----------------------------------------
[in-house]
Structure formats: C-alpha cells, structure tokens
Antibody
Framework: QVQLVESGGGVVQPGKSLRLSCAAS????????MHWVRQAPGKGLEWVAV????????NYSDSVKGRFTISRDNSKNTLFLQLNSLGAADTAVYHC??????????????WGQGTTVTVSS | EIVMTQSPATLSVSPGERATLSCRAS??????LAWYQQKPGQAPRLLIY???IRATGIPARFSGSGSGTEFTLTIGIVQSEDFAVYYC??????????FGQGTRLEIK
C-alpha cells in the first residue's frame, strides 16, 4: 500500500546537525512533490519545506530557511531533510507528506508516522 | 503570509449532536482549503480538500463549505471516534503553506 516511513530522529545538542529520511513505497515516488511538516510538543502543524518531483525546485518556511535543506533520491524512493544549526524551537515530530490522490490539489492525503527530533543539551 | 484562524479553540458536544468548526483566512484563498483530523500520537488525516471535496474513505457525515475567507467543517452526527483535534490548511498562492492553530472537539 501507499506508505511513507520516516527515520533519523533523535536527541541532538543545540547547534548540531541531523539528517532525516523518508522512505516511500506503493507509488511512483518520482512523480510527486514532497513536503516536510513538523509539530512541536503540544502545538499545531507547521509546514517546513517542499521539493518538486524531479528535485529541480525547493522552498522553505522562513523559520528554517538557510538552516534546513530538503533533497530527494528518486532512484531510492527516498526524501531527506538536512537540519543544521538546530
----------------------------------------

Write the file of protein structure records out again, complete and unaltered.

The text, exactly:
[in-house]
Structure formats: C-alpha cells, structure tokens
Antibody
Framework: QVQLVESGGGVVQPGKSLRLSCAAS????????MHWVRQAPGKGLEWVAV????????NYSDSVKGRFTISRDNSKNTLFLQLNSLGAADTAVYHC??????????????WGQGTTVTVSS | EIVMTQSPATLSVSPGERATLSCRAS??????LAWYQQKPGQAPRLLIY???IRATGIPARFSGSGSGTEFTLTIGIVQSEDFAVYYC??????????FGQGTRLEIK
C-alpha cells in the first residue's frame, strides 16, 4: 500500500546537525512533490519545506530557511531533510507528506508516522 | 503570509449532536482549503480538500463549505471516534503553506 516511513530522529545538542529520511513505497515516488511538516510538543502543524518531483525546485518556511535543506533520491524512493544549526524551537515530530490522490490539489492525503527530533543539551 | 484562524479553540458536544468548526483566512484563498483530523500520537488525516471535496474513505457525515475567507467543517452526527483535534490548511498562492492553530472537539 501507499506508505511513507520516516527515520533519523533523535536527541541532538543545540547547534548540531541531523539528517532525516523518508522512505516511500506503493507509488511512483518520482512523480510527486514532497513536503516536510513538523509539530512541536503540544502545538499545531507547521509546514517546513517542499521539493518538486524531479528535485529541480525547493522552498522553505522562513523559520528554517538557510538552516534546513530538503533533497530527494528518486532512484531510492527516498526524501531527506538536512537540519543544521538546530